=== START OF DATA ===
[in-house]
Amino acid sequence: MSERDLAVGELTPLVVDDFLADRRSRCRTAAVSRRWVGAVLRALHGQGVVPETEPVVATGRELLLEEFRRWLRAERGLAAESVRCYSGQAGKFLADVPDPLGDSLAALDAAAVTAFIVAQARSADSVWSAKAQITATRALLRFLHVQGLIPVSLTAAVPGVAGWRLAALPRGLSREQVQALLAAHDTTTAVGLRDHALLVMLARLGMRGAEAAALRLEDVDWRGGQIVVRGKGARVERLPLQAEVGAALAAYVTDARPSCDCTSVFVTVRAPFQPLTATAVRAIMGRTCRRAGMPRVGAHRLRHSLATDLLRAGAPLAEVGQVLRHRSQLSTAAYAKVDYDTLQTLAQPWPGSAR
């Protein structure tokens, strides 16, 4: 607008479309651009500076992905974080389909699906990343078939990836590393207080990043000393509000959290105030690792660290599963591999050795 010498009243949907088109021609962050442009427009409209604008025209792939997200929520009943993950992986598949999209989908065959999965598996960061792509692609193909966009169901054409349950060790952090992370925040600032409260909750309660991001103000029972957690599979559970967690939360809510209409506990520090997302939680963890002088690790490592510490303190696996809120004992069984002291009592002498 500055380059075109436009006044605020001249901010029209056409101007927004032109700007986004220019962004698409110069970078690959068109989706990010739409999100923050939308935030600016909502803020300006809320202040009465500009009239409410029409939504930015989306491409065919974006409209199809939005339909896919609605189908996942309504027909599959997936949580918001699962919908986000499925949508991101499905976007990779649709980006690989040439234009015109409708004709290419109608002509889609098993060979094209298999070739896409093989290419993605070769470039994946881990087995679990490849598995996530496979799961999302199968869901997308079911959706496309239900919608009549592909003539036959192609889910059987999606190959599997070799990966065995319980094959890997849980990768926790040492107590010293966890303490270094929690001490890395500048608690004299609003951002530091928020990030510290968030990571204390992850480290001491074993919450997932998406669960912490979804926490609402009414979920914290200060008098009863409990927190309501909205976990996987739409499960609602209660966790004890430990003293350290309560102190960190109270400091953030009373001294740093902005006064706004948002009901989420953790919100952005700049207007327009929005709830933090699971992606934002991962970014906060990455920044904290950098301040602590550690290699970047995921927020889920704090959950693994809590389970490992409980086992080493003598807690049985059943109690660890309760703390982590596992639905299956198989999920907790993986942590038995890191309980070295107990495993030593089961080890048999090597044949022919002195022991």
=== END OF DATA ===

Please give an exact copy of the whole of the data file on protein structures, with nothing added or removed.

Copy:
[in-house]
Amino acid sequence: MSERDLAVGELTPLVVDDFLADRRSRCRTAAVSRRWVGAVLRALHGQGVVPETEPVVATGRELLLEEFRRWLRAERGLAAESVRCYSGQAGKFLADVPDPLGDSLAALDAAAVTAFIVAQARSADSVWSAKAQITATRALLRFLHVQGLIPVSLTAAVPGVAGWRLAALPRGLSREQVQALLAAHDTTTAVGLRDHALLVMLARLGMRGAEAAALRLEDVDWRGGQIVVRGKGARVERLPLQAEVGAALAAYVTDARPSCDCTSVFVTVRAPFQPLTATAVRAIMGRTCRRAGMPRVGAHRLRHSLATDLLRAGAPLAEVGQVLRHRSQLSTAAYAKVDYDTLQTLAQPWPGSAR
């Protein structure tokens, strides 16, 4: 607008479309651009500076992905974080389909699906990343078939990836590393207080990043000393509000959290105030690792660290599963591999050795 010498009243949907088109021609962050442009427009409209604008025209792939997200929520009943993950992986598949999209989908065959999965598996960061792509692609193909966009169901054409349950060790952090992370925040600032409260909750309660991001103000029972957690599979559970967690939360809510209409506990520090997302939680963890002088690790490592510490303190696996809120004992069984002291009592002498 500055380059075109436009006044605020001249901010029209056409101007927004032109700007986004220019962004698409110069970078690959068109989706990010739409999100923050939308935030600016909502803020300006809320202040009465500009009239409410029409939504930015989306491409065919974006409209199809939005339909896919609605189908996942309504027909599959997936949580918001699962919908986000499925949508991101499905976007990779649709980006690989040439234009015109409708004709290419109608002509889609098993060979094209298999070739896409093989290419993605070769470039994946881990087995679990490849598995996530496979799961999302199968869901997308079911959706496309239900919608009549592909003539036959192609889910059987999606190959599997070799990966065995319980094959890997849980990768926790040492107590010293966890303490270094929690001490890395500048608690004299609003951002530091928020990030510290968030990571204390992850480290001491074993919450997932998406669960912490979804926490609402009414979920914290200060008098009863409990927190309501909205976990996987739409499960609602209660966790004890430990003293350290309560102190960190109270400091953030009373001294740093902005006064706004948002009901989420953790919100952005700049207007327009929005709830933090699971992606934002991962970014906060990455920044904290950098301040602590550690290699970047995921927020889920704090959950693994809590389970490992409980086992080493003598807690049985059943109690660890309760703390982590596992639905299956198989999920907790993986942590038995890191309980070295107990495993030593089961080890048999090597044949022919002195022991």